Anneli Drecker

Rocks & Straws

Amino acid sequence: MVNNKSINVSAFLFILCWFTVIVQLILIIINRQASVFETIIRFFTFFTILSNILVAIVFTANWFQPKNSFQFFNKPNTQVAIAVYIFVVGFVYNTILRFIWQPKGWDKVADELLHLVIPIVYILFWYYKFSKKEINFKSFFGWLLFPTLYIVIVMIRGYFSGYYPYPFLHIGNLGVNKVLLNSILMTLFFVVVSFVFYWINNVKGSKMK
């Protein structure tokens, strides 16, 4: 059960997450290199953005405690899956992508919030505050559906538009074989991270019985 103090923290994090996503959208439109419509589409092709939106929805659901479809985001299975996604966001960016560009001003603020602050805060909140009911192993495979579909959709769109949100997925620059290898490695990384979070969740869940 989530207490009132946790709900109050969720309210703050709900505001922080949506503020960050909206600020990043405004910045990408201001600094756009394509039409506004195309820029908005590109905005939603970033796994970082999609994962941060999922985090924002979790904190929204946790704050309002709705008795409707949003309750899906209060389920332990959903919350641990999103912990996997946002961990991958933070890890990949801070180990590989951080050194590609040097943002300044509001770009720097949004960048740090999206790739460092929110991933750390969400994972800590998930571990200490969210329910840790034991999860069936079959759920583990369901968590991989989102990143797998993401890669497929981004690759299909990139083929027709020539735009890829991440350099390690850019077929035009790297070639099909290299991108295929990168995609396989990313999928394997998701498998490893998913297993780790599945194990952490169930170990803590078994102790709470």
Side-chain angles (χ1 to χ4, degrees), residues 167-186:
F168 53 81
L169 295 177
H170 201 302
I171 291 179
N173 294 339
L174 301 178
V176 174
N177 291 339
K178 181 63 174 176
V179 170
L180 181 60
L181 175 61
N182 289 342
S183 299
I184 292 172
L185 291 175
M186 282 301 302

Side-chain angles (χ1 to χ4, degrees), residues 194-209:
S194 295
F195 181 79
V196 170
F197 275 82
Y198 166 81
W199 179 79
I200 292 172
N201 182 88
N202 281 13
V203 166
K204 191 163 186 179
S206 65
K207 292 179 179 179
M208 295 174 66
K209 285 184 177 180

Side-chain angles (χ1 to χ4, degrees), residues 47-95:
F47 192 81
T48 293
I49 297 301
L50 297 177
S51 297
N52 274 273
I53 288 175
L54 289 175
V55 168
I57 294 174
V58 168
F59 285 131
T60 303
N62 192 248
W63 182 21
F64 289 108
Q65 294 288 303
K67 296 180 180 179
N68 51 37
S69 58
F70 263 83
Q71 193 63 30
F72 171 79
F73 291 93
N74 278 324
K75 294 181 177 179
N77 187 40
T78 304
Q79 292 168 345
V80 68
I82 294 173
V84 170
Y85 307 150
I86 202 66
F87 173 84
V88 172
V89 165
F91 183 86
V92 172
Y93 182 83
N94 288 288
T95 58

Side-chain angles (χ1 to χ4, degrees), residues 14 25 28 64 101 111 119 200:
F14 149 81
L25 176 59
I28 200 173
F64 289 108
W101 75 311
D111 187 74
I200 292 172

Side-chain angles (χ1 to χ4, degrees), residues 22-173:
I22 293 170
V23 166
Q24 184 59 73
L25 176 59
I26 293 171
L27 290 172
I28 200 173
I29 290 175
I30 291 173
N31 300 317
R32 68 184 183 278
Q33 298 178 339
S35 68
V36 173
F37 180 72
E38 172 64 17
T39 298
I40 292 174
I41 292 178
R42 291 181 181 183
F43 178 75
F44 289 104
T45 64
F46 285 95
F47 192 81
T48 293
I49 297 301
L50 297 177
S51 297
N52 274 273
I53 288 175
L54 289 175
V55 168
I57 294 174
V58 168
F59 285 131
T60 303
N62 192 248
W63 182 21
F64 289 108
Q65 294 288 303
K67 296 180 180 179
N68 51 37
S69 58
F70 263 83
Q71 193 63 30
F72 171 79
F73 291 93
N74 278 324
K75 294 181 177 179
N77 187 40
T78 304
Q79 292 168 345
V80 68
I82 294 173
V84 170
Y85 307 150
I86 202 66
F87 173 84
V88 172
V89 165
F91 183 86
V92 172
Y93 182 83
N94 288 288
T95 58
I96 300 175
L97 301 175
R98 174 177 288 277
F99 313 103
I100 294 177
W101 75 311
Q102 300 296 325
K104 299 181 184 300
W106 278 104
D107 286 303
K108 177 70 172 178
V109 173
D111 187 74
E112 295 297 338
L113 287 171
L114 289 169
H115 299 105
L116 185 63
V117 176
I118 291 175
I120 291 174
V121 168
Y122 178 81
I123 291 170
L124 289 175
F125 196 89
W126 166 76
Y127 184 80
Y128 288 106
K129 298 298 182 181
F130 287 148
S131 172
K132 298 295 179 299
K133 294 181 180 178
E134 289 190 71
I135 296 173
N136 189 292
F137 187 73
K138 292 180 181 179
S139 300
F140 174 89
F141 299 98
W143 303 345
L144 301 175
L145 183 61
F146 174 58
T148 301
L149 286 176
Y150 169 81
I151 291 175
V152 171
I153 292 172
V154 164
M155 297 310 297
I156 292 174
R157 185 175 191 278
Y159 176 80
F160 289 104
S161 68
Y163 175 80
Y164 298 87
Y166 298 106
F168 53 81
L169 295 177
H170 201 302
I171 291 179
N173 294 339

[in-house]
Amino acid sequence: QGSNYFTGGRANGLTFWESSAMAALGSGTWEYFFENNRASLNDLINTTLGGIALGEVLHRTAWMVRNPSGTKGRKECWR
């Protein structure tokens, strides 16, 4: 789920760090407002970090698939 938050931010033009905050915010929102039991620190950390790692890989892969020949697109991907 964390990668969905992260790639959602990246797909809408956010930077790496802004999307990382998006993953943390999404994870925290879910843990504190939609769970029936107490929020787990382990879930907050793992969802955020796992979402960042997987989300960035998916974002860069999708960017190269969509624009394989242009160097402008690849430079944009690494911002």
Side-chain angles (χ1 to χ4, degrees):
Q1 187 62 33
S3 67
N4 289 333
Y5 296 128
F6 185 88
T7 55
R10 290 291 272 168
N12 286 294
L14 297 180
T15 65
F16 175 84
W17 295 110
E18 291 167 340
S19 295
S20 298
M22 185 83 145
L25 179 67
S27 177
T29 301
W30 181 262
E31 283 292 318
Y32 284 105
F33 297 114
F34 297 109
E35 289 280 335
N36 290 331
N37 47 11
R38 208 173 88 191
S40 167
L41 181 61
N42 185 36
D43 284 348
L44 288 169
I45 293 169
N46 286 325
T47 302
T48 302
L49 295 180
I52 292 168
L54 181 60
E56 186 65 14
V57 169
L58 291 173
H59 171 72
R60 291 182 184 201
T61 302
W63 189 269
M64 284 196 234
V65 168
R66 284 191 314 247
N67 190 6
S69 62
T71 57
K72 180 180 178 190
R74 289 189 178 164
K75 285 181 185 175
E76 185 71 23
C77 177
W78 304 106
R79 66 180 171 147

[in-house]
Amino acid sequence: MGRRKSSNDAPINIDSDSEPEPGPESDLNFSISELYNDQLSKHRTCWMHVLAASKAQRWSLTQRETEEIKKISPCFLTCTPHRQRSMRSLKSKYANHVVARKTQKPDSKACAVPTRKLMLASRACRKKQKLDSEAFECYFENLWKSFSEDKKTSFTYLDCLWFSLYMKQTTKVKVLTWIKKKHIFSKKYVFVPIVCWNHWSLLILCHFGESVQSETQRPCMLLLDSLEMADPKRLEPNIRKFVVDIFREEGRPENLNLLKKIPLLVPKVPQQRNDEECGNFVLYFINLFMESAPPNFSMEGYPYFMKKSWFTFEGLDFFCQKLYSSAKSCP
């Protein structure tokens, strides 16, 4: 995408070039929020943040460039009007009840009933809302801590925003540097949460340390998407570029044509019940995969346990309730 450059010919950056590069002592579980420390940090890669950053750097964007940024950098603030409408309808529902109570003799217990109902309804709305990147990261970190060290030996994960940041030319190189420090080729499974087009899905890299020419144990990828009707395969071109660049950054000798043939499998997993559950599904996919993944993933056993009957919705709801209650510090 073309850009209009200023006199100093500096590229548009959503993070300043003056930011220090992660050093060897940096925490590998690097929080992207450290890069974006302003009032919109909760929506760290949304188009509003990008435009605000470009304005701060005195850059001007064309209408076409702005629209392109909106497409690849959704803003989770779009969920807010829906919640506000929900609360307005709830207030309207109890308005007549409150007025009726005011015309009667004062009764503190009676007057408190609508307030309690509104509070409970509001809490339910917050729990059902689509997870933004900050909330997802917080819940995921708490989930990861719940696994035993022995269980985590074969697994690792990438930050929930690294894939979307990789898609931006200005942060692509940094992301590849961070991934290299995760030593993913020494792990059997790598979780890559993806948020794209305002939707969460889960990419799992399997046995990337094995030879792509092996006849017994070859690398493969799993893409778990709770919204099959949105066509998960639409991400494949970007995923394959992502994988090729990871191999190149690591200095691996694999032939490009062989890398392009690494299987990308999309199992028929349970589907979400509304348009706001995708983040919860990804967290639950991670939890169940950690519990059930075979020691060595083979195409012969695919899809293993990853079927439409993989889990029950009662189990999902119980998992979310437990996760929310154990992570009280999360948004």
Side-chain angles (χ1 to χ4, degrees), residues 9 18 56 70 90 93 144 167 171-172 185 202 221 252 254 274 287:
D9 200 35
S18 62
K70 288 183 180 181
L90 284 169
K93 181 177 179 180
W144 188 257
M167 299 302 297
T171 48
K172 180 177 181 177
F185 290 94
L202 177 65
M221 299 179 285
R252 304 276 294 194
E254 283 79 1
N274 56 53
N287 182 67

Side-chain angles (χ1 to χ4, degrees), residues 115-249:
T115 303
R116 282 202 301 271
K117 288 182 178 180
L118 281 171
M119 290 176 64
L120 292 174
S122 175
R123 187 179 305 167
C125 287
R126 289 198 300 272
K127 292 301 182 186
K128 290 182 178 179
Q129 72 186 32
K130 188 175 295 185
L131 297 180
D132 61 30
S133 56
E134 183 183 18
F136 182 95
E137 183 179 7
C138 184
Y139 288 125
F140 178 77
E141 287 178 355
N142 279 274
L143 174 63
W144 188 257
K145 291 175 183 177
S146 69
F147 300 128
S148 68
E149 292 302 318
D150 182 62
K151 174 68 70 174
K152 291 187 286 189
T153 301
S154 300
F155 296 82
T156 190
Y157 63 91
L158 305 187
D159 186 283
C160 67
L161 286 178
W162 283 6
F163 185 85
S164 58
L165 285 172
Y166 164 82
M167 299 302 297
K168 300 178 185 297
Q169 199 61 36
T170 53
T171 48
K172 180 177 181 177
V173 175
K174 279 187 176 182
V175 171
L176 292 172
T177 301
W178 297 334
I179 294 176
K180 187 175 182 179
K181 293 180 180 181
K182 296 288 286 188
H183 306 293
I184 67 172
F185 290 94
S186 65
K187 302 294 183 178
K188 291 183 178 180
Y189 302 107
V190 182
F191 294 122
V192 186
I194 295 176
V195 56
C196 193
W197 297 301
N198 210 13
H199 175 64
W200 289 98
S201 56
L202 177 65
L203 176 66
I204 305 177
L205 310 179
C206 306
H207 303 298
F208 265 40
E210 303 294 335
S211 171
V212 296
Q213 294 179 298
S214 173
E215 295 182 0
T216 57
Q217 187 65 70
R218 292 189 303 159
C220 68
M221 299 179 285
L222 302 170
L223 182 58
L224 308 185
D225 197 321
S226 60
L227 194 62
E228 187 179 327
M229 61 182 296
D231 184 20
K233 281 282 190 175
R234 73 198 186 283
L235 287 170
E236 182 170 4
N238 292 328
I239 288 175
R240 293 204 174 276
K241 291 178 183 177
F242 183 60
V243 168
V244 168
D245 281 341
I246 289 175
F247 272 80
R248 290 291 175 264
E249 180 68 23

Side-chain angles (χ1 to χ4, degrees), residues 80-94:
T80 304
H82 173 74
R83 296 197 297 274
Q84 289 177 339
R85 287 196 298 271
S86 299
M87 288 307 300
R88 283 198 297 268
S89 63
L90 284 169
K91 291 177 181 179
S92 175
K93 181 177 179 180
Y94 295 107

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Best known as the singer, composer, and arranger fronting dream pop outfit Bel Canto, Anneli Drecker has an astonishing range of credits. She is a noteworthy actress in film and on-stage, and has collaborated with artists from Jah Wobble and Hector Zazou to DJ Krush, Ketil Bjornstad, and a-ha. She also spent a decade working in the studio and touring with Röyksopp. Rocks & Straws is her third solo album, and her first in a decade. Issued by Rune Grammofon, Rocks & Straws may be the first of her recordings to capture her own musical vision so grandly and precisely. Drecker composed nine tunes for the lyrical poems of the late Norwegian literary polymath Arvid Hanssen, which were translated by artist and writer Roy-Frode Løvlan and recorded in her hometown of Tromsø, Norway. Singing, programming, and playing piano and organ, she is accompanied by guitarist Eivind Aarset, bassist Ole Vegard Skauge, and alternate drummers Rune Arnesen and Erland Dahlen, and strings from the Arctic Philharmonic. Her old Bel Canto bandmate Nils Johansen adds programming assistance on "Alone," the set's opening track. Drecker recorded most of this music live in the studio and did only minimal dubbing later. The topics in these songs are about nature and the often curious place of human beings within its grandeur. Drecker brings the striking beauty of Hanssen's poems to life, celebrating the desolate, unforgiving majesty of the wild region of northern Norway he wrote about. The warmth of her arrangements and melodies contrast with the lyrical subject matter, making them as contradictory as the human heart. With its lush strings, sweeping cymbals, and reverb-laden ambience, "Circulating Light" presents ethereal, gloriously illustrated pop. Her voice, no less evocative than it was in the '80s, still possesses its full range, sweeping and swooping through the mix. "Fisherman's Blues" places her alto out front as slow, blissfully articulated piano chords and strings color the spaces between the words. This is no musical still life, it's an aural portrait captured in the present moment, which reveals a picaresque narrative that evokes myriad emotions simultaneously. A Maori chorale from New Zealand chants through the foreground of "Ocean's Organ," which weds grandiloquent pop (think Cocteau Twins circa Blue Bell Knoll) to vivid classical crossover. (That this isn't the album's last track is a testament to Drecker's focus and confidence.) But there's so much more, such as "Waiting for a Boat," which is every bit as ambitious as Kate Bush on The Sensual World, but more immediate, warmer, and yes, more accessible. No one need be familiar with Drecker's source inspirations on Rocks & Straws to appreciate the vision on offer. This is elegant, pristine, deeply felt pop music of the highest order, offered as a heart-rending homage to place and poet.

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